IRELAND – Cattle numbers are stable but confidence in dairying is obvious, according to market analysts reacting to the June 2014 Irish cattle survey.
Dairy cow numbers are over five per cent higher this year at 1.226 million head as farms prepare for milk quota removal next year.
Beef cow numbers fell however, back two per cent at 1.129 million.
EBLEX analysts said this reflects profitability issues in the beef sector, which is about to see a glut of beef on the market.
“The survey reported significantly more cattle on the ground over two-years-of-age as a result of increasing calf crops and the sharp fall in live exports in 2011 and 2012,” an EBLEX spokesperson said.
“The number of male cattle over two-years-of-age was up 17 per cent, while female cattle numbers of the same age were up by 13 per cent.
“This again indicates that more cattle are available for beef finishing in Ireland for the remainder of this year and into early 2015. In turn, this is likely to result in more products becoming available for export in 2014.”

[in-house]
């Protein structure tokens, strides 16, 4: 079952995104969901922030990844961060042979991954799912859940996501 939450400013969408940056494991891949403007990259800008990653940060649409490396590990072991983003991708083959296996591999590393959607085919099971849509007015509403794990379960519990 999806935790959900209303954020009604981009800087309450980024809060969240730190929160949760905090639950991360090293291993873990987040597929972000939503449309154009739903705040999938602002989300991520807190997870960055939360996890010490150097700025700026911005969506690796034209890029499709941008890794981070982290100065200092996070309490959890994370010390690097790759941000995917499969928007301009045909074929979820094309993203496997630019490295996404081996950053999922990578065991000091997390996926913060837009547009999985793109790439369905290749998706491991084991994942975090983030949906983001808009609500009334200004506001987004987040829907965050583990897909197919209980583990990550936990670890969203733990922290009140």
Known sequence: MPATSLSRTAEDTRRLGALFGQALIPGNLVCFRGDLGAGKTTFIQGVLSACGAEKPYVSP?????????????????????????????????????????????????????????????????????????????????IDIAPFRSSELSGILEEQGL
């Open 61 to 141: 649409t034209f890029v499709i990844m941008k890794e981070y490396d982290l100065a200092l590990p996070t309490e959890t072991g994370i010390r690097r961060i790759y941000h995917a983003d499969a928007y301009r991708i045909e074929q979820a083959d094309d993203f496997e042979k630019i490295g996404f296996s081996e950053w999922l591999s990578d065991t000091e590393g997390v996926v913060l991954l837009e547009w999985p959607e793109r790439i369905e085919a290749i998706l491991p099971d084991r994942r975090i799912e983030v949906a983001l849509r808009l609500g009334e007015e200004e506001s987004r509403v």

However, UK bound beef could be an answer, despite UK production expected to lift.
“Looking further ahead, the survey gave an indication of lower supplies in 2015 and beyond. Live exports recovered partially in 2013.
“With significantly more calves exported to France, Belgium and Spain last year, the number of younger cattle in Ireland in most categories is reported to be back on the year.
“The number of cattle between one and two years of age was reported to be back 44,000 head on the year earlier and those under one year of age back 90,000 head.
“Prospects for the live export trade continue to be positive, with potential to grow on the back of the reopening of the trade to Libya and North Africa.”
On the whole, government expectation for a drop in Irish beef and veal next year are supported.
TheCattleSite News Desk